An excerpt from the Johnson County Historical Society: “The 1855 Johnson County Historic Poor Farm, is a window on nineteenth century definitions and policy dealing with perceived social problems. The need to care for the poor or mentally ill had been established in the United States in the 1820’s as a duty of the state and local governments. This duty was recognized early in Johnson county history. The County chose first to contract care usually from local physicians. In 1855, the Johnson County supervisors decided to procure 160 acres on the edge of Iowa City for a “poor farm” to provide systematic care with economy.The Johnson County Historic Poor Farm site is important to Iowa’s history, telling the story of the county’s care for it’s citizens from the earliest days until today.”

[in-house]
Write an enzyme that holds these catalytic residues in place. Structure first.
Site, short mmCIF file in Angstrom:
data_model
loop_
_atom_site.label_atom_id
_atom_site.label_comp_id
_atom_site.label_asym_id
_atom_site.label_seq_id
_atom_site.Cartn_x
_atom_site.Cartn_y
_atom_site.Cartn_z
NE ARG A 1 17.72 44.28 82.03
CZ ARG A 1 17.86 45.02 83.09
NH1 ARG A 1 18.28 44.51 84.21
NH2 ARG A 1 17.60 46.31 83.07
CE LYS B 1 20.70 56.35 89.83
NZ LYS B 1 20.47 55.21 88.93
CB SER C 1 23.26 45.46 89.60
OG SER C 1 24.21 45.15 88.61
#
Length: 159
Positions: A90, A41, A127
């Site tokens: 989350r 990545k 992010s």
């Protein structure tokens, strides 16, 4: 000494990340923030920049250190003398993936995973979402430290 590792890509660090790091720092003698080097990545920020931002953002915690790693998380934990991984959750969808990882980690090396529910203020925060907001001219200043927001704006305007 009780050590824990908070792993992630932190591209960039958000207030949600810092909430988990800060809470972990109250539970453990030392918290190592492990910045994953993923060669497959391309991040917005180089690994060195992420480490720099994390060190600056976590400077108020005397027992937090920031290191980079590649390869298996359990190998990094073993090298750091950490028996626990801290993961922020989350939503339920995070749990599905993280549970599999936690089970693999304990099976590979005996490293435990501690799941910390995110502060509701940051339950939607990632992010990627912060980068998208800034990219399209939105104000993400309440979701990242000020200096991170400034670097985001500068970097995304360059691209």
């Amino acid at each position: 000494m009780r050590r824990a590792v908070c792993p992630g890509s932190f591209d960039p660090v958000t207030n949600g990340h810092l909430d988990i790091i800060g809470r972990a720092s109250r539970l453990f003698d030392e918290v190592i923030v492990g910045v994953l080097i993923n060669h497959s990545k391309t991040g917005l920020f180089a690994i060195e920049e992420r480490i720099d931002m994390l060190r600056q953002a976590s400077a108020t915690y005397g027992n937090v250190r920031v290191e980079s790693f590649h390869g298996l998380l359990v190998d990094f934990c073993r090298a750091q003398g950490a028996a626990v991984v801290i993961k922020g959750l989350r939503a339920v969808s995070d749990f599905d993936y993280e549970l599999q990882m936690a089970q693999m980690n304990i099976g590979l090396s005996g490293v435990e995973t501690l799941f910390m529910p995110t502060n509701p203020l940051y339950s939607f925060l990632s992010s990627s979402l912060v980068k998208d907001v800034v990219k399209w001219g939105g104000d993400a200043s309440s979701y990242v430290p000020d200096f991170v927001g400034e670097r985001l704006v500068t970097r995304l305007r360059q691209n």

The history of the Johnson County Historic Poor Farm was captured in the listing of the site on the National Register of Historic Places on September of 2014. This report, conducted by Leah Rogers, Director of Tallgrass Historians, outlines a very detailed account of the genesis of Poor Farms in America, the historic building structures, and the day-to-day life of residents.
All historic documentation is on the Johnson County Website.
- 2002 National Register of Historic Places
- 2013 Steinmetz Report of Site Visit for RFP
- 2015 Public Forum Summary
- Ground Penetrating Radar Results (GPR) – August 2014
- Johnson County Poor Farm Cemetery and Asylum GPR Report
- MPO Poor Farm Update 2012
- Poor Farm Planning Study Final Report 2003